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What is student content insurance? 

Going away to university could mean you will be staying in either student halls, or shared accommodation, or finding privately rented accommodation close to college. 

Much like tenants insurance, students content insurance protects your contents whilst you’re living in your accommodation away from your main family home. This can cover laptops, clothes, furniture, and bikes (some insurers will also include gadgets).

Student content insurance will protect your belongings in the event of fire, theft, damage or flooding. It gives you the peace of mind knowing that it will be replaced, saving money on what can be a costly process. 

What should I look for in student content insurance?

There are many factors to consider, so it is a good idea to compare different student house insurance policies, to see what each insurer can offer you, and the extent to which you will be covered. 

It used to be the case that students had a few, low value possessions like a bicycle and clothes. 

Now most students have an arrange of expensive gadgets such as mobile phones, laptops, wearable technology and smart watches, new bikes and possibly musical instruments as well.

Find out about musical instrument insurance and compare quotes with Uswitch

For this reason, it is really important to ensure that your possessions are protected in your student accommodation and while you are travelling between home and college.

Read more about home insurance with our Uswitch Guide What is home insurance?

What is my landlord responsible for?

Home insurance will cover you if something happens to your place of living or its contents. 

There are two types of cover, buildings insurance and contents insurance.

Buildings insurance 

Buildings insurance covers the structure of the property. The outside details, like the walls, roof. This is the area that your landlord should take care of to protect their house or apartment. Normally you do not need to arrange buildings insurance unless you actually own the accommodation you are living in.

Contents insurance

Your main area of concern will be contents insurance, as this covers the possessions inside the home, that is your flat, house or shared accommodation .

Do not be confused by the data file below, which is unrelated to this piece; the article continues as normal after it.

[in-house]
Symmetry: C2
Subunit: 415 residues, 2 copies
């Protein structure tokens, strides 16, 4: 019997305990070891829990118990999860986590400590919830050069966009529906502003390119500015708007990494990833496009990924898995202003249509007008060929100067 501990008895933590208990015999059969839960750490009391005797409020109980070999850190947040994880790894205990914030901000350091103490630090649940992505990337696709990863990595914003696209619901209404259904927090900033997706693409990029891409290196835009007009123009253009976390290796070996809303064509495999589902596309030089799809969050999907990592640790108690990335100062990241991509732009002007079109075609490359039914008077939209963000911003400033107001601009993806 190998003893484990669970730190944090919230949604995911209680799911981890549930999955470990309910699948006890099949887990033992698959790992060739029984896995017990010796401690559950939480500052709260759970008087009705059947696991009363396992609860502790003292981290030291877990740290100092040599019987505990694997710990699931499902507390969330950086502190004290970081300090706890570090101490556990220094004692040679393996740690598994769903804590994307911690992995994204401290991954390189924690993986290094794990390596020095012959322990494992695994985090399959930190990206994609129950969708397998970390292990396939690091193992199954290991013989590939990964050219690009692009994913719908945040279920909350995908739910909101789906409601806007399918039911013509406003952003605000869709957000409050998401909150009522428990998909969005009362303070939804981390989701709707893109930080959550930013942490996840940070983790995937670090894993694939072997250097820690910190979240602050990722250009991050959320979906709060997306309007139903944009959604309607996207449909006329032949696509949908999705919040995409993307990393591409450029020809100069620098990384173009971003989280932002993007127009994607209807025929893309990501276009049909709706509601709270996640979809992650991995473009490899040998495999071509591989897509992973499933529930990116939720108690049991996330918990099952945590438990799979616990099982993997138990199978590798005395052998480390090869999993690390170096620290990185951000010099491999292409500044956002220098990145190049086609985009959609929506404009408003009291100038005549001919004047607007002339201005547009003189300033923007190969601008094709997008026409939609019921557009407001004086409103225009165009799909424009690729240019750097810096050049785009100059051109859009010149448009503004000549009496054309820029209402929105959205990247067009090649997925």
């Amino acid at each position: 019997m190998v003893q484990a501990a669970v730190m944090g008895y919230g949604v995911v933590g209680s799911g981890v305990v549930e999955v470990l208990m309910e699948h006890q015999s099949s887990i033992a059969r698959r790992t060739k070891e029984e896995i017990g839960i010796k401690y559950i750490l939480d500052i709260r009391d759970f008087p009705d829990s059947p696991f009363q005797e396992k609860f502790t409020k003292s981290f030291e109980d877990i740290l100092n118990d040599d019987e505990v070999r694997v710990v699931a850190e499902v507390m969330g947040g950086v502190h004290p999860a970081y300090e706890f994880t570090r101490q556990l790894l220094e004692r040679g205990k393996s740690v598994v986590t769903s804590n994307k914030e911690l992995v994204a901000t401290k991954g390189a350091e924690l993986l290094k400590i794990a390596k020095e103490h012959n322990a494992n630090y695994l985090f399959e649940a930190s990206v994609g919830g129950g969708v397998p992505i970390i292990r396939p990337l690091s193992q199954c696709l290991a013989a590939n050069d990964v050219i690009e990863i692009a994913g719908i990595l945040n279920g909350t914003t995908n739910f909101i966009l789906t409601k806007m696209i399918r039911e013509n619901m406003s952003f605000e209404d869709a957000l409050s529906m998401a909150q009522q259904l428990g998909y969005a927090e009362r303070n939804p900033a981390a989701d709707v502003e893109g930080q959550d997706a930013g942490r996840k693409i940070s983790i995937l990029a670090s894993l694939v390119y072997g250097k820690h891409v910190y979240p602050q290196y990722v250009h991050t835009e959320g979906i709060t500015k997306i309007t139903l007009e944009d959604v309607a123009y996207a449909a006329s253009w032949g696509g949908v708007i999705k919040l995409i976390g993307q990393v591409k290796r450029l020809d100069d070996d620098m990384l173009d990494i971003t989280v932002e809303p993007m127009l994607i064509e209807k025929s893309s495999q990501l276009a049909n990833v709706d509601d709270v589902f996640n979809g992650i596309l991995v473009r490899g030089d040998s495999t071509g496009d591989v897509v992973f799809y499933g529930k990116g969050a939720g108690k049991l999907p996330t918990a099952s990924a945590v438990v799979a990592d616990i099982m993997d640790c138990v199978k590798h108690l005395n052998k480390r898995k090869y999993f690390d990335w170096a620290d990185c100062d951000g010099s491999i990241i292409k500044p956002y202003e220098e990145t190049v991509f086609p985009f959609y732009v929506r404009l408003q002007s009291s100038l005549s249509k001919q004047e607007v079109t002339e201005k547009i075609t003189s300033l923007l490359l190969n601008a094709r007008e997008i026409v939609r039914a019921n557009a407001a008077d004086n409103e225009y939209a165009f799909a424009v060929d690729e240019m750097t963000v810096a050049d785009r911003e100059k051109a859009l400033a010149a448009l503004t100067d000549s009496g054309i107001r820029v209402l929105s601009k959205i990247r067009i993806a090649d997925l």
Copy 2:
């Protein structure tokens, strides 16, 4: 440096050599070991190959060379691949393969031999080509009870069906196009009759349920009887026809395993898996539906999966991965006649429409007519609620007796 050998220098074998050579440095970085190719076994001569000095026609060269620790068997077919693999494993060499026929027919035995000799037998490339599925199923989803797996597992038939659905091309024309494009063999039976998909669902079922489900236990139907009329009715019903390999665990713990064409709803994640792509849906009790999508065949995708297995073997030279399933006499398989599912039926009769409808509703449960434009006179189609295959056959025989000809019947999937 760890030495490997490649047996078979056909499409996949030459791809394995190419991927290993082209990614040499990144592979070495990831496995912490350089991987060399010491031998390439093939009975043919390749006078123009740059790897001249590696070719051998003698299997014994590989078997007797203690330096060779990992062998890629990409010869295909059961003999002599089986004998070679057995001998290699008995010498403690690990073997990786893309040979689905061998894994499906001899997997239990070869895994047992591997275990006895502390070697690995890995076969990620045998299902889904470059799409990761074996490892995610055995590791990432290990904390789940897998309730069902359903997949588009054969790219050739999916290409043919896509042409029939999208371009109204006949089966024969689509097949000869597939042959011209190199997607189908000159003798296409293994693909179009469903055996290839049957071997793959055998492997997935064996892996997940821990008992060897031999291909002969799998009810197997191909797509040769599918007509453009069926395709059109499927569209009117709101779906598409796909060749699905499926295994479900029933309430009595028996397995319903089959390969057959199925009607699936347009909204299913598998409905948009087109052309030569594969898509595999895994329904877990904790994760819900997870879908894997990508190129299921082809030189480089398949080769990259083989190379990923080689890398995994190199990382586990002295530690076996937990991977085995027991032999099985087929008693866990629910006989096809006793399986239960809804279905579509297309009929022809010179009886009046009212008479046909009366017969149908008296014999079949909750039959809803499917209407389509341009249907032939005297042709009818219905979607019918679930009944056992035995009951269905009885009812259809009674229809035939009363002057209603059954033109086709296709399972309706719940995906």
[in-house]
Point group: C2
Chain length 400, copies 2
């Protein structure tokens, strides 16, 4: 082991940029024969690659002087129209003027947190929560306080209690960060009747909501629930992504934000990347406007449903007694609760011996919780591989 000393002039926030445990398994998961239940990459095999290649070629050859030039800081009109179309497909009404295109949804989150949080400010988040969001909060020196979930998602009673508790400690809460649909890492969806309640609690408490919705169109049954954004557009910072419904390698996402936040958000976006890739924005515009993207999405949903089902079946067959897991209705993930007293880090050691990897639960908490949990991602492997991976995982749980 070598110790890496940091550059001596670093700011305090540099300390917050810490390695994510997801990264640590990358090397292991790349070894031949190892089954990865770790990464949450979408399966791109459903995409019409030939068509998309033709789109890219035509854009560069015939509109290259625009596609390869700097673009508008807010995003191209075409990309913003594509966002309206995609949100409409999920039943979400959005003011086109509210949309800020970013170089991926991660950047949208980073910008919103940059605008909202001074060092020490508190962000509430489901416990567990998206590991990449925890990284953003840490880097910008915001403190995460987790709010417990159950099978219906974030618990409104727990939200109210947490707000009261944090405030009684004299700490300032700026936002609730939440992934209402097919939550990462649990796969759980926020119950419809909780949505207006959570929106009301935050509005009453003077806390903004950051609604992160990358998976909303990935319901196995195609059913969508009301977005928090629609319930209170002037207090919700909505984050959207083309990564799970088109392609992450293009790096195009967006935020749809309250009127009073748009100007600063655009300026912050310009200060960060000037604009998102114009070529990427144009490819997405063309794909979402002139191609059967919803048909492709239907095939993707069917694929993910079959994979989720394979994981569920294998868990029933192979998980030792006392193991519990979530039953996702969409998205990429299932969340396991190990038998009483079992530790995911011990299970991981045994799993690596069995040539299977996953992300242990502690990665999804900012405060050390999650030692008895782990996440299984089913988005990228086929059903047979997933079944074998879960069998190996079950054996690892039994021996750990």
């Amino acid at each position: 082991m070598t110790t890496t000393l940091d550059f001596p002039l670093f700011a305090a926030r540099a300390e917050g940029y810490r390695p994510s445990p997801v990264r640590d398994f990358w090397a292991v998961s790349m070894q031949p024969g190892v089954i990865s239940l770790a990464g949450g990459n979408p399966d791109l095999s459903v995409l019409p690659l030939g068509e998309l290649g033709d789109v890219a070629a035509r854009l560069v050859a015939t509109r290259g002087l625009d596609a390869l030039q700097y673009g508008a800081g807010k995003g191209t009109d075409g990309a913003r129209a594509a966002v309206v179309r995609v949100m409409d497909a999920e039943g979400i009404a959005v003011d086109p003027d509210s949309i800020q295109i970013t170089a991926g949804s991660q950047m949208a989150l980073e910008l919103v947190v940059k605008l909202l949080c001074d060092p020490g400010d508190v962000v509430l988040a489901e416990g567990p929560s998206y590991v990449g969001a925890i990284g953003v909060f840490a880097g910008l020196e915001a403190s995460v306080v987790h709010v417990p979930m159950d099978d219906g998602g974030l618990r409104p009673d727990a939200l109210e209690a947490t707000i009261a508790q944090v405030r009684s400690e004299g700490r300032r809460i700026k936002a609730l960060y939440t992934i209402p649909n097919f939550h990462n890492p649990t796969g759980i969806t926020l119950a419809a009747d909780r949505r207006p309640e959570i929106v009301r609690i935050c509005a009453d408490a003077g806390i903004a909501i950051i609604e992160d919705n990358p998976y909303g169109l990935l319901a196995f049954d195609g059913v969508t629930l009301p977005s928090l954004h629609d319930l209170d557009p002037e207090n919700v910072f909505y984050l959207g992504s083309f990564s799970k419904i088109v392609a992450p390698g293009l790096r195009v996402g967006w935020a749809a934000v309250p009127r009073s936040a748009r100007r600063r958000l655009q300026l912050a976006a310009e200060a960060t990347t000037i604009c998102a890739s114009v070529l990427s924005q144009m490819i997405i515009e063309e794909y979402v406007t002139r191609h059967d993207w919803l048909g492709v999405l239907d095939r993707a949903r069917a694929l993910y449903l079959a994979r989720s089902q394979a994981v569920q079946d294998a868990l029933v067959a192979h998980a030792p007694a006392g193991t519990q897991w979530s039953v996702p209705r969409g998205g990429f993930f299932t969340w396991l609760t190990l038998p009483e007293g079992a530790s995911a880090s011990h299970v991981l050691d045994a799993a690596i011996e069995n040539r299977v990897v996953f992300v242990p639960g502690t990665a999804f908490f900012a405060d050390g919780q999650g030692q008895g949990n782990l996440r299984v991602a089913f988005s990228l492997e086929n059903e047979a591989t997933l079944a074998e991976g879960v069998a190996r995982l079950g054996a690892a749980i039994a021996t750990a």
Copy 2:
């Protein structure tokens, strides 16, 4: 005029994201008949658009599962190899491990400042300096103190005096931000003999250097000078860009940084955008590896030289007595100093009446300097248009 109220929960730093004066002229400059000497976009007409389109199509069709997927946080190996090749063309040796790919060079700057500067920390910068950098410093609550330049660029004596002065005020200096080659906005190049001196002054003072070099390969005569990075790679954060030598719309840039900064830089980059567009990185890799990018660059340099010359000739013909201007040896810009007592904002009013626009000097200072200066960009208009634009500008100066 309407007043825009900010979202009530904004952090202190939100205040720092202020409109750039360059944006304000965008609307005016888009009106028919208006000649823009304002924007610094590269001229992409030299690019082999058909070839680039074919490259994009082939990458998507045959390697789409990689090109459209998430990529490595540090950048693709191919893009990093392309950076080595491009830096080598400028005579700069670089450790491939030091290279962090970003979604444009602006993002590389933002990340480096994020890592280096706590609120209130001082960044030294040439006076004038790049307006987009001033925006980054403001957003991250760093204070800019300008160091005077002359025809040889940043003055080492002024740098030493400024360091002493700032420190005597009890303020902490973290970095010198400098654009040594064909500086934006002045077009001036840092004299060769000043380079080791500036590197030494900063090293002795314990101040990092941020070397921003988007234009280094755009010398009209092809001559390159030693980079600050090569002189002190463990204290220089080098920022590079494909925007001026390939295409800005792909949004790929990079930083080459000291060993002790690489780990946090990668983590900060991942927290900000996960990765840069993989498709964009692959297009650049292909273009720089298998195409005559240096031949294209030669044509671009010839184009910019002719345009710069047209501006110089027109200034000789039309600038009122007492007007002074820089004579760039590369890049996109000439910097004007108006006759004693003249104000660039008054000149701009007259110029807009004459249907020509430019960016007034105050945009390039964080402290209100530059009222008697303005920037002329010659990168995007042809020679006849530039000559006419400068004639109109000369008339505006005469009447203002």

Contents insurance is no the responsibility of the landlord. However, they might offer you a basic level of cover, but you shouldn’t rely on this solely to protect your items. Compare different policies to find a policy that covers all of the valuables you.

This takes into consideration situations, such as a break in, damage to property, or fire or water damage. In the event that something does happen, without insurance, there’s only so much you might be able to afford to replace. 

What will student content insurance cover?

As a student, your contents insurance can cover more or less everything in your home up to an agreed limit. You might be required to list each item separately if they exceed a certain amount.

The standard items you might want to cover on you home insurance policy include:

  • Clothes and towels

  • Books, CDs, DVDs and digital media

  • Gadgets and electronics

The standard items you might want to cover on you home insurance policy include:

  • Clothes and towels

  • Books, CDs, DVDs and digital media

  • Gadgets and electronics

  • Cutlery and crockery

  • Jewellery (below a certain value)

  • Furniture, curtains and bedding

  • Vases, antiques and ornaments

  • Bikes (but sometimes only when they stay on the premises)

However, not all insurance providers cover you for the above items in their standard package. Some will require you buy additional insurance cover and this could also include additional cover for accidental damage.

Why should I get student contents insurance? 

Student accommodation can often be a target for burglaries and theft. 

If you left home and your parents already had contents insurance, don’t assume that you will also be covered under your parent’s insurance policy.

If an accident happens, then personal belongings are at risk of being damaged. Having home contents insurance will pay out to help you replace the items. This would also be the case if you were an unfortunate victim of burglary. You can have items, such as your TV, or furniture replaced.